The mystery of Gareth Vaughan Jones

Collections - Posted 09-07-2012


Gareth Vaughan Jones

Gareth Vaughan Jones was born at Barry on 13 August 1905, the son of Major Edgar and Annie Gwen Jones. He was educated at Barry County School, the University College of Wales, Aberystwyth, and Trinity College, Cambridge, gaining first class honours in Modern Languages. He then became private secretary and researcher to David Lloyd George, 1930-31 and 1932-33, and also spent a year at New York, 1931-32, as a foreign affairs advisor to Ivy Lee and Associates. In 1933 he joined the editorial staff of the Western Mail, and visited Russia, writing a series of articles exposing conditions in the famine wracked Ukraine. He embarked on a ’round-the-world-tour’ in 1934, but was cruelly murdered ostensibly by ‘bandits’ in Mongolia on 12 August 1935.

A fascinating archive of his papers came into the custody of the National Library of Wales from various members of his family between 1987 and 2011, and a composite list of the entire archive is now available. Of particular interest are the long sequences of informative letters which he sent regularly to his parents and two sisters from a large number of foreign countries. He outlines vividly conditions in these nations and the array of people whom he meets. Equally absorbing are the pocket diaries and notebooks in which he recorded thrilling details of his travels and adventures. They include graphic pen portraits of Hitler and Goebbels in 1933 Nazi Germany, and harrowing descriptions of conditions in the Ukraine in the early 1930’s when millions starved as a result of the Holodomor. There are also many vivid photographs, press cuttings of Jones’s articles and the extensive research papers of his niece the late Dr Siriol Colley.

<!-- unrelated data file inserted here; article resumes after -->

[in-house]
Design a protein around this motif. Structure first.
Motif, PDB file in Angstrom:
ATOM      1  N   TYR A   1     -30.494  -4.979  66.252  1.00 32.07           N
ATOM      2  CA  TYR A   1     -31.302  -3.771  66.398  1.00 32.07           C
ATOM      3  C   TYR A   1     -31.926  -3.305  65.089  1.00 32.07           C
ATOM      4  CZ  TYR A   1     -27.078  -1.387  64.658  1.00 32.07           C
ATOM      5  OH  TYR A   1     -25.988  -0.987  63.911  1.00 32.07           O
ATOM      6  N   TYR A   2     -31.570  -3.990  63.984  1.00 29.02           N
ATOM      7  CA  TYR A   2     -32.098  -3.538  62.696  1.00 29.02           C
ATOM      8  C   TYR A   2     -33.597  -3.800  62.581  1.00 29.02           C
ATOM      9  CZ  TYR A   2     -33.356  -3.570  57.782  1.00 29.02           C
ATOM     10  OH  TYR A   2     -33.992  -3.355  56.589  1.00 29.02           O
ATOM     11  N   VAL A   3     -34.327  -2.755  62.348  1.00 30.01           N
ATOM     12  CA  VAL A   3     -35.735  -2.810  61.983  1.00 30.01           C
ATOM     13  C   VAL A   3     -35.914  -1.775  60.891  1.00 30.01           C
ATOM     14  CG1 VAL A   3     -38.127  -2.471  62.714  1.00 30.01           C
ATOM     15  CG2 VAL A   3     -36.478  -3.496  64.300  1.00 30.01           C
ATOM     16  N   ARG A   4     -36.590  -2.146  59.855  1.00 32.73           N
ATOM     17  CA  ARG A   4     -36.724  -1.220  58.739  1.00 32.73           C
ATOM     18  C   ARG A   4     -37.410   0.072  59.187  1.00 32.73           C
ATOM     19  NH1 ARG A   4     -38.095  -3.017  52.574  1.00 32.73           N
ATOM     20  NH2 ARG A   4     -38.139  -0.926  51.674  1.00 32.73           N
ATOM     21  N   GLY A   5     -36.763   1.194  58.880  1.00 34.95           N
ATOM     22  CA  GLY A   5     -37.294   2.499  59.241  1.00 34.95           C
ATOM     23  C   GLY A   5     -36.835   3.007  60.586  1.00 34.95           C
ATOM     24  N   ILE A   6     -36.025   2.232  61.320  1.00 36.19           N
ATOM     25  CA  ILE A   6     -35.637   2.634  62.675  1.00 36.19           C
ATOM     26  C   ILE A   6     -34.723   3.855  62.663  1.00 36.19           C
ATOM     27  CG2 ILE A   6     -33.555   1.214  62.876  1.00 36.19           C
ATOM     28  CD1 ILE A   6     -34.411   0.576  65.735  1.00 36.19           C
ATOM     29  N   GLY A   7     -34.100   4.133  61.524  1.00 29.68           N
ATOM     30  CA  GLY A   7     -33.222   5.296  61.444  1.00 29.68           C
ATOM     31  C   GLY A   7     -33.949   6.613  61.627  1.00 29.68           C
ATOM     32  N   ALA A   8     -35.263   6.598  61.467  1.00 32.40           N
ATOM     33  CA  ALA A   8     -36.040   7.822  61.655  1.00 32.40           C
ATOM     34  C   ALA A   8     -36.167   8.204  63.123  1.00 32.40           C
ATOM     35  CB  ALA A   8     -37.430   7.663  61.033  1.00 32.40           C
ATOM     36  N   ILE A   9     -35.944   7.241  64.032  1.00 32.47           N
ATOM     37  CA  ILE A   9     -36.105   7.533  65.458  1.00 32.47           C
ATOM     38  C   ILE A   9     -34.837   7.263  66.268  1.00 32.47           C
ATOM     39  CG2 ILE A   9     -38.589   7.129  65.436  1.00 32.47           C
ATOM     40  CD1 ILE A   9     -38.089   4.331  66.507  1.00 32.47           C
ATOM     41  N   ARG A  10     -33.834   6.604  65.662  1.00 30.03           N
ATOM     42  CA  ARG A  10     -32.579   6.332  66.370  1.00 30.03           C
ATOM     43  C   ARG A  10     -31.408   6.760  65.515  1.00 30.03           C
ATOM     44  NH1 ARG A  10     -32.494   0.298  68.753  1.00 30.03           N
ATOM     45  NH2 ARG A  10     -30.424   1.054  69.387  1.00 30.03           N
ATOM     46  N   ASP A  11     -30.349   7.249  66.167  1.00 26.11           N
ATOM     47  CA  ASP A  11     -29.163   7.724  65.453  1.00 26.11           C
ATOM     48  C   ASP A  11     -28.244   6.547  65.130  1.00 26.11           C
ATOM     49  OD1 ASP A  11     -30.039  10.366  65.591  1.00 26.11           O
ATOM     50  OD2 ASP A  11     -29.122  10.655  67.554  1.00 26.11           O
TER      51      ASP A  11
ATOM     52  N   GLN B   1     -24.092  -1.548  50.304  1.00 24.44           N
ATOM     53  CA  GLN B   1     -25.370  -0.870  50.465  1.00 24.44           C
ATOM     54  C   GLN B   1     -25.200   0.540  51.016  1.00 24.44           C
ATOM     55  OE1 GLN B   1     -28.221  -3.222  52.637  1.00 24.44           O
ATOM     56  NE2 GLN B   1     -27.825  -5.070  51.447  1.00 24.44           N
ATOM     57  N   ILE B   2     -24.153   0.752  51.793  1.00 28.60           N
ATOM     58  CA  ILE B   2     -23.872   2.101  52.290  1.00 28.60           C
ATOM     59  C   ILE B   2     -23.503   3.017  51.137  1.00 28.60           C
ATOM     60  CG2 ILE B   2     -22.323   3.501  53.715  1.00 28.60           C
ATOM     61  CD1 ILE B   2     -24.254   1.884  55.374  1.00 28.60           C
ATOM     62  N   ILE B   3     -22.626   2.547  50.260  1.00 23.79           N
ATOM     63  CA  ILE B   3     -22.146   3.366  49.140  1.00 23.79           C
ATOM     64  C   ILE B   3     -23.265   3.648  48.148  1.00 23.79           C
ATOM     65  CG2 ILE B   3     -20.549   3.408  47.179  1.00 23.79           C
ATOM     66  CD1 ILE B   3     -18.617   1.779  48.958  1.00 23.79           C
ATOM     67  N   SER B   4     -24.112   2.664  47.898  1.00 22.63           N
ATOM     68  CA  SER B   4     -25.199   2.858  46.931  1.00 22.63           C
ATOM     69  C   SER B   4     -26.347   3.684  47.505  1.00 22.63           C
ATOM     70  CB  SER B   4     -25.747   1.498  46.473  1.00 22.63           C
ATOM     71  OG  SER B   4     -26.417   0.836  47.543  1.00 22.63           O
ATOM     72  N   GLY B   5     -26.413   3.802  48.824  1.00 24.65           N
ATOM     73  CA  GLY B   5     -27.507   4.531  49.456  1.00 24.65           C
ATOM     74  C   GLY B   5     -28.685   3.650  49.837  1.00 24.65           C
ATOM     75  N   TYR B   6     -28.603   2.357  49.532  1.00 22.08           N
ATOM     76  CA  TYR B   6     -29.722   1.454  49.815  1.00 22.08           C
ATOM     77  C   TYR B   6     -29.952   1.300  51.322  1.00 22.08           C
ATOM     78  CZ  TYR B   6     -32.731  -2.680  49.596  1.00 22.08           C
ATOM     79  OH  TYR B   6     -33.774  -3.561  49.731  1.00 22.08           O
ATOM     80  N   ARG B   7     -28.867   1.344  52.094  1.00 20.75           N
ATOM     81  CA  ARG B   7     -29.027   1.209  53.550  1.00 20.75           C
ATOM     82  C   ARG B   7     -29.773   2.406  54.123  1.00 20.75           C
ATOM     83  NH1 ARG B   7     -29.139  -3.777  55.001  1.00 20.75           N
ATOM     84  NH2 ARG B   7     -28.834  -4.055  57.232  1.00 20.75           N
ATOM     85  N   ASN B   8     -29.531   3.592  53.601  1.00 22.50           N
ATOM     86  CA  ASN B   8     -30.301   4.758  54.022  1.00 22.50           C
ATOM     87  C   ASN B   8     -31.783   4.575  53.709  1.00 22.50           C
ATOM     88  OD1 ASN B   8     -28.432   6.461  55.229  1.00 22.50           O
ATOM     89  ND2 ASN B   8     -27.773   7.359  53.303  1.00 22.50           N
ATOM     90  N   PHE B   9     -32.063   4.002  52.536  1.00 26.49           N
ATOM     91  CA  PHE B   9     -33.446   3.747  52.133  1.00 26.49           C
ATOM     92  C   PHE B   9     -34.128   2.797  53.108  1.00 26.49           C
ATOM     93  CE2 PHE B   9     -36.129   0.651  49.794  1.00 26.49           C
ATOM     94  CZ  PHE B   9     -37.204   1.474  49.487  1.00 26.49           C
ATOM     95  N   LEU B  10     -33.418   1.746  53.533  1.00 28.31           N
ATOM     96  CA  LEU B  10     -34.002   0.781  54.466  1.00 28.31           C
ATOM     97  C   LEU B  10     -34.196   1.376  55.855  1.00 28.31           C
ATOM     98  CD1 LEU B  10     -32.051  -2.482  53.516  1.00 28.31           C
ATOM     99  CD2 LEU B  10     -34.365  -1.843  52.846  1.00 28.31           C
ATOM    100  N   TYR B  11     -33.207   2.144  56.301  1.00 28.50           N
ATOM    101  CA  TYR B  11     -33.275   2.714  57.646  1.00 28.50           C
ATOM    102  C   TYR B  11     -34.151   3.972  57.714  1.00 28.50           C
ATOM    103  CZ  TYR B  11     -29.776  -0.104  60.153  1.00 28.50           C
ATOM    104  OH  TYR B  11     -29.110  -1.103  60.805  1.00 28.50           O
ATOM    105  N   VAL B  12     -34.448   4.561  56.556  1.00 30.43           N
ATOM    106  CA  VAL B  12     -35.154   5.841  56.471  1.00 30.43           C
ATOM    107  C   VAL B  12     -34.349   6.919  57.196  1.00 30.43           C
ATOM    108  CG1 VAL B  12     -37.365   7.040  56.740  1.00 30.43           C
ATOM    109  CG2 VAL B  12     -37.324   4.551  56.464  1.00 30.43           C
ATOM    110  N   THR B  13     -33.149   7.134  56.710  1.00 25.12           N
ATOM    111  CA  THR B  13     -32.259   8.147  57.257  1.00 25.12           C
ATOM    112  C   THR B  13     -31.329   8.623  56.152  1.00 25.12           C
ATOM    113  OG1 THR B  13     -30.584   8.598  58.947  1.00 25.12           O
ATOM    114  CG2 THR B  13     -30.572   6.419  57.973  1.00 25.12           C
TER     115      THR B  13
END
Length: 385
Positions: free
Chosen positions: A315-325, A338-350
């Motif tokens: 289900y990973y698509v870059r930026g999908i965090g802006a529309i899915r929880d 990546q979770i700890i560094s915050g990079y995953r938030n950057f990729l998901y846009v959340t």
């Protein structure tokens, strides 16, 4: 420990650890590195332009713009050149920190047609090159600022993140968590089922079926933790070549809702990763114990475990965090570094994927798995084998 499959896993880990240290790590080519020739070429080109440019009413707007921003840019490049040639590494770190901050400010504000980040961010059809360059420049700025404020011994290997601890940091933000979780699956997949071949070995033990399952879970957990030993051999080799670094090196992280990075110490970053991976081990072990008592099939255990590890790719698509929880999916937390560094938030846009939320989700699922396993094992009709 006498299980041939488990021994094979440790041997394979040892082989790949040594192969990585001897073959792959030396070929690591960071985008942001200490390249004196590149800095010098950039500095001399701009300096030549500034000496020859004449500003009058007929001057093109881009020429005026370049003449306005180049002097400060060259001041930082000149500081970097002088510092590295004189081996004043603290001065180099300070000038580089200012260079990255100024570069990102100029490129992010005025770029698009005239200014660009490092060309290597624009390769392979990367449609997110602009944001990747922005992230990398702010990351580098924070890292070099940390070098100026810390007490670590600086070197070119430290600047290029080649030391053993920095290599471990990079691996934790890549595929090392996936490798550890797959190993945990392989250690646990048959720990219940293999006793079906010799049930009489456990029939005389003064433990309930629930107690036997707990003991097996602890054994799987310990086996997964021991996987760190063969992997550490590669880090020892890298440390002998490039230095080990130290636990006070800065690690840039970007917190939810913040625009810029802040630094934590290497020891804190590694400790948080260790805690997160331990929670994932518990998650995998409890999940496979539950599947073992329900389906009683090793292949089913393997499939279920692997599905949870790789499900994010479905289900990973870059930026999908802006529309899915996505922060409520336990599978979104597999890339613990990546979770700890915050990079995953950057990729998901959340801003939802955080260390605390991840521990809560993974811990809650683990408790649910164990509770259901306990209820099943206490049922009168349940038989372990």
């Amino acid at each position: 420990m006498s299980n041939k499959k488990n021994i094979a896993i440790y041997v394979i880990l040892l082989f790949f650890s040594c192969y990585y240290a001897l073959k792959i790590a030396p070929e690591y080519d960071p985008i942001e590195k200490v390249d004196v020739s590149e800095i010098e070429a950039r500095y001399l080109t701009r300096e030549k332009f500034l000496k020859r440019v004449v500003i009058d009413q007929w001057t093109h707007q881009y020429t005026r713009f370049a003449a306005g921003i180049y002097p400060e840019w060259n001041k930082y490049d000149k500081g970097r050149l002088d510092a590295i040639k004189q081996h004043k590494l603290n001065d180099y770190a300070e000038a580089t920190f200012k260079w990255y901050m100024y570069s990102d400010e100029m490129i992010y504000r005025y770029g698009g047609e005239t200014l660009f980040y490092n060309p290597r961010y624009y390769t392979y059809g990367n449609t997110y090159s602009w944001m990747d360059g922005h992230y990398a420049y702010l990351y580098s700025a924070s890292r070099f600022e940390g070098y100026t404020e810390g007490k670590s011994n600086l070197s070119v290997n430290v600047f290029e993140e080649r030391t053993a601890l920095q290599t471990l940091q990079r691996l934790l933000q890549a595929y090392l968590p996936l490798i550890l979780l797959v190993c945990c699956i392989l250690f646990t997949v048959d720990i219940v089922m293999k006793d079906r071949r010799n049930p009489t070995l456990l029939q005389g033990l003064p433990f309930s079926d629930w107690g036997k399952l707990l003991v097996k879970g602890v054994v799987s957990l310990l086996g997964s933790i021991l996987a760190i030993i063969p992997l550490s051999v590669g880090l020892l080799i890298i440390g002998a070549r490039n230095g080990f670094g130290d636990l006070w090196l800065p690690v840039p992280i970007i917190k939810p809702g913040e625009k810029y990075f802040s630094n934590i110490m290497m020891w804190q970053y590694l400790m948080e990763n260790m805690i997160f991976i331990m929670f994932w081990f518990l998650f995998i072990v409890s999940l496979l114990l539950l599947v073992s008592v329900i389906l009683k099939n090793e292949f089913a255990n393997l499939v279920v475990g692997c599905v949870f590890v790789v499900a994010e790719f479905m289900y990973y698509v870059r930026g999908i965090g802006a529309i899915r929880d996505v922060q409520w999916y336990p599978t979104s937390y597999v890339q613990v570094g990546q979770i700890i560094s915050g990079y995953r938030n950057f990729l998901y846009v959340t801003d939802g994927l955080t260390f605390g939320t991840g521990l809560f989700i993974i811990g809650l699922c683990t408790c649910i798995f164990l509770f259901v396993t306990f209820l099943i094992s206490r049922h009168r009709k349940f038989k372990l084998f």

Gareth Vaughan Jones Photograph Collection

An investigation into the mysterious death of Gareth Vaughan Jones, drawing on sources within the NLW archive, was broadcast in the BBC4 programme ‘Storyville : Hitler, Stalin and Mr Jones’ on 5 July (available on the BBC iPlayer until 30 July 2012).

J. Graham Jones

One response

The tragedy of Mr Jones is really at the nexus of one of the greatest untold stories in the past century.

His great nephew has done a wealth of research on the subject including Mr Jones’ final days traveling with fellows that were actually members of the KGB. He also has a convincing argument that George Orwell drew much inspiration from Gareth Jones.


Commented July 11, 2012 / 16:09:15




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A blog about the work and collections of the National Library of Wales.

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